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Steve Jobs’ “aha moment!”

There is a process to innovation that can be summed up with four words: “Whoa. Wow! Hmmm. Yes!”  Credit Dr. Mark Goulston with this. He states, that’s exactly how Steve Jobs described his “aha moment.”  So, let’s paraphrase the late Mr. Jobs as we describe this process.

A bit of history that “made” Apple rich

Jobs was invited to Xerox Parc research facility and – against the better judgment of the research coordinator – shown three projects the engineers were working on.  The first of the three was a rough cobbling together of a graphic user interface, complete with a crude “mouse.”  Jobs hardly remembered the other two.

Whoa! Here’s how to change an industry…

“Whoa,” he must have thought when seeing that GUI for the first time. “Wow!” he states in later recounts was his intense impression.  “Hmmm” – that could be the future of computing everywhere, he says he thought immediately.  “Yes!” he must have said to his colleagues as soon as he was away from the facility.

And that’s how the Macintosh was conceived.

His vision for the Macintosh and later for all that followed came from that “Yes!” moment, defining what would become one of the most valuable companies on earth with a single “aha” moment.

Let’s define the process.

[Email readers, continue here…]    This is a process that you and I can use.  Think for a moment.  Have you ever had such a game–changing “aha” moment in your business life?  And if not, could you recognize it as a defining experience as Jobs did?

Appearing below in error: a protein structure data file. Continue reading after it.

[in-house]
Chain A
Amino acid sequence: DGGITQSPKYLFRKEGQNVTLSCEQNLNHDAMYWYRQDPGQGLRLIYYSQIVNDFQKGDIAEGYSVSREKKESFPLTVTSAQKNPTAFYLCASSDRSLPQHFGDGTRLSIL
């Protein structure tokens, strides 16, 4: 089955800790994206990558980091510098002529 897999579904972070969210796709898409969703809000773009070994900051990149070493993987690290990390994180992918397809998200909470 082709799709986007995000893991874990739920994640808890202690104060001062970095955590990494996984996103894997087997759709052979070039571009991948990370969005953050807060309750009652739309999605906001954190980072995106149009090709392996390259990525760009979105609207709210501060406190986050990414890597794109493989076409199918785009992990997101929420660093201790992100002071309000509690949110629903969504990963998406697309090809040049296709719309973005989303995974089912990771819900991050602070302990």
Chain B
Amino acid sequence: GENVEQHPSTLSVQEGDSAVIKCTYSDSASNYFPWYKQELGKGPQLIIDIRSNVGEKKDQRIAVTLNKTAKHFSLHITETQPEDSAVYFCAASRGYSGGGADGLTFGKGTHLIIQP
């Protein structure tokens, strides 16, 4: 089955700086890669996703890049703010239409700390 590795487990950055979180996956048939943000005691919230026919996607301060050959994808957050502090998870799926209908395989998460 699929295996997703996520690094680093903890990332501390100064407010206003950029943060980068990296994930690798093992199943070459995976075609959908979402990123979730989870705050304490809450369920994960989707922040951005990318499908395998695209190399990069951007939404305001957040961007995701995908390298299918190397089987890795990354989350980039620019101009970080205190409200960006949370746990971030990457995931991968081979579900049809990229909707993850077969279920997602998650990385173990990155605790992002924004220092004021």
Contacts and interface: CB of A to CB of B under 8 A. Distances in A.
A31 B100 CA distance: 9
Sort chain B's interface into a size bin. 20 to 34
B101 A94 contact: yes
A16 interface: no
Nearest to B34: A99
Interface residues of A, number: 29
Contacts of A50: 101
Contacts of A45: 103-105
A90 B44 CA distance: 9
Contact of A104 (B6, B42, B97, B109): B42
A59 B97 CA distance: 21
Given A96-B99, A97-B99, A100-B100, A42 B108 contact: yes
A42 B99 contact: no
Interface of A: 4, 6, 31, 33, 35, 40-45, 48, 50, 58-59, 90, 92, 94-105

…and your ability to realize the “aha” moment.

There are many examples of great advances in technology or industry from such aha moments.  But it is as much a skill to be developed as an accident of fate.   Discipline yourself to notice things that not only interest you but draw deeply into your emotional self as you see them for the first time.  And when you do spot such an anomaly, “whoa.”  Slow down to absorb what you’ve seen and how you are reacting to it.

How to get to “Wow!”

Your “wow!” moment follows if you can identify why you stopped to look and connect that with your reason for excitement.  “Hmmm.”  This could be important and lead to something big for us. “Yes!”  I know what we can do to change the world with this.

It’s a process that is repeatable, even if the time this happens is rare, perhaps as in Jobs’ case, once in a lifetime.  But isn’t it worth making this a skill in your inventory of skills?  Perhaps the result is not a game–changer, just a great lift for the business.  Or perhaps it is the beginning of everything grand to follow.

  • Jim Reimers


    Your clarity is exemplary, a comfortable read, and focused expository.

    Why did the stagnating giant show the successful Lilliputians their research? The giant was bewildered about the future and was grasping at anything to understand it. That is my guess.

    Thanks for another Berkonomics contribution.

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